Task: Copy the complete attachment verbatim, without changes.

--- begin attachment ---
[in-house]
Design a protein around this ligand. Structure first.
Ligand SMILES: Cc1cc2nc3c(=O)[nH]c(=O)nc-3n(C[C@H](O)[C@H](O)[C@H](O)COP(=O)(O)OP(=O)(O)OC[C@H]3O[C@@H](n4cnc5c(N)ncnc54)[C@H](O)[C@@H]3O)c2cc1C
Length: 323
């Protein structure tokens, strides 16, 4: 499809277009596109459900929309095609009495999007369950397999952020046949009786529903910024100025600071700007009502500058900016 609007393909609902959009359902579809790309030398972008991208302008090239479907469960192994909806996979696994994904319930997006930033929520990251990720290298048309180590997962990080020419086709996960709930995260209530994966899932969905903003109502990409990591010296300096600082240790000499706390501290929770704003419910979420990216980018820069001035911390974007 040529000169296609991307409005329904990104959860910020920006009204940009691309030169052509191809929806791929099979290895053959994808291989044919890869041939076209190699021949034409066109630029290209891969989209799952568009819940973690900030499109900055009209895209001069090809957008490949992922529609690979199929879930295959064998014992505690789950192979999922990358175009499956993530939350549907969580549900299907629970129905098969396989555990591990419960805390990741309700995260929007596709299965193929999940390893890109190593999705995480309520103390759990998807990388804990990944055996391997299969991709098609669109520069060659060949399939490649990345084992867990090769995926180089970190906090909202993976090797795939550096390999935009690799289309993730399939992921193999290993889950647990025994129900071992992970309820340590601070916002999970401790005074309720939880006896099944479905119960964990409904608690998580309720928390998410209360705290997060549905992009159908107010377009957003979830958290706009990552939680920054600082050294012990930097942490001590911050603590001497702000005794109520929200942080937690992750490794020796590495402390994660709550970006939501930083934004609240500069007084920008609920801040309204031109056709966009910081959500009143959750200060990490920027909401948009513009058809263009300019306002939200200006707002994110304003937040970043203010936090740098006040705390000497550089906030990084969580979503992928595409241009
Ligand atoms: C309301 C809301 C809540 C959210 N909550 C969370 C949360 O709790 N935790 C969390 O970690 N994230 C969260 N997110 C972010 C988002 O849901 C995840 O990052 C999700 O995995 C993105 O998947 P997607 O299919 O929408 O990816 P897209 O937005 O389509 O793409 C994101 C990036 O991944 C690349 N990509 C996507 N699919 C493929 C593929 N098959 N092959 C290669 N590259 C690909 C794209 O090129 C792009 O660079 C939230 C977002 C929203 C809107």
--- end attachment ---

[in-house]
Design a protein around this ligand. Structure first.
Ligand SMILES: Cc1cc2nc3c(=O)[nH]c(=O)nc-3n(C[C@H](O)[C@H](O)[C@H](O)COP(=O)(O)OP(=O)(O)OC[C@H]3O[C@@H](n4cnc5c(N)ncnc54)[C@H](O)[C@@H]3O)c2cc1C
Length: 323
């Protein structure tokens, strides 16, 4: 499809277009596109459900929309095609009495999007369950397999952020046949009786529903910024100025600071700007009502500058900016 609007393909609902959009359902579809790309030398972008991208302008090239479907469960192994909806996979696994994904319930997006930033929520990251990720290298048309180590997962990080020419086709996960709930995260209530994966899932969905903003109502990409990591010296300096600082240790000499706390501290929770704003419910979420990216980018820069001035911390974007 040529000169296609991307409005329904990104959860910020920006009204940009691309030169052509191809929806791929099979290895053959994808291989044919890869041939076209190699021949034409066109630029290209891969989209799952568009819940973690900030499109900055009209895209001069090809957008490949992922529609690979199929879930295959064998014992505690789950192979999922990358175009499956993530939350549907969580549900299907629970129905098969396989555990591990419960805390990741309700995260929007596709299965193929999940390893890109190593999705995480309520103390759990998807990388804990990944055996391997299969991709098609669109520069060659060949399939490649990345084992867990090769995926180089970190906090909202993976090797795939550096390999935009690799289309993730399939992921193999290993889950647990025994129900071992992970309820340590601070916002999970401790005074309720939880006896099944479905119960964990409904608690998580309720928390998410209360705290997060549905992009159908107010377009957003979830958290706009990552939680920054600082050294012990930097942490001590911050603590001497702000005794109520929200942080937690992750490794020796590495402390994660709550970006939501930083934004609240500069007084920008609920801040309204031109056709966009910081959500009143959750200060990490920027909401948009513009058809263009300019306002939200200006707002994110304003937040970043203010936090740098006040705390000497550089906030990084969580979503992928595409241009
Ligand atoms: C309301 C809301 C809540 C959210 N909550 C969370 C949360 O709790 N935790 C969390 O970690 N994230 C969260 N997110 C972010 C988002 O849901 C995840 O990052 C999700 O995995 C993105 O998947 P997607 O299919 O929408 O990816 P897209 O937005 O389509 O793409 C994101 C990036 O991944 C690349 N990509 C996507 N699919 C493929 C593929 N098959 N092959 C290669 N590259 C690909 C794209 O090129 C792009 O660079 C939230 C977002 C929203 C809107």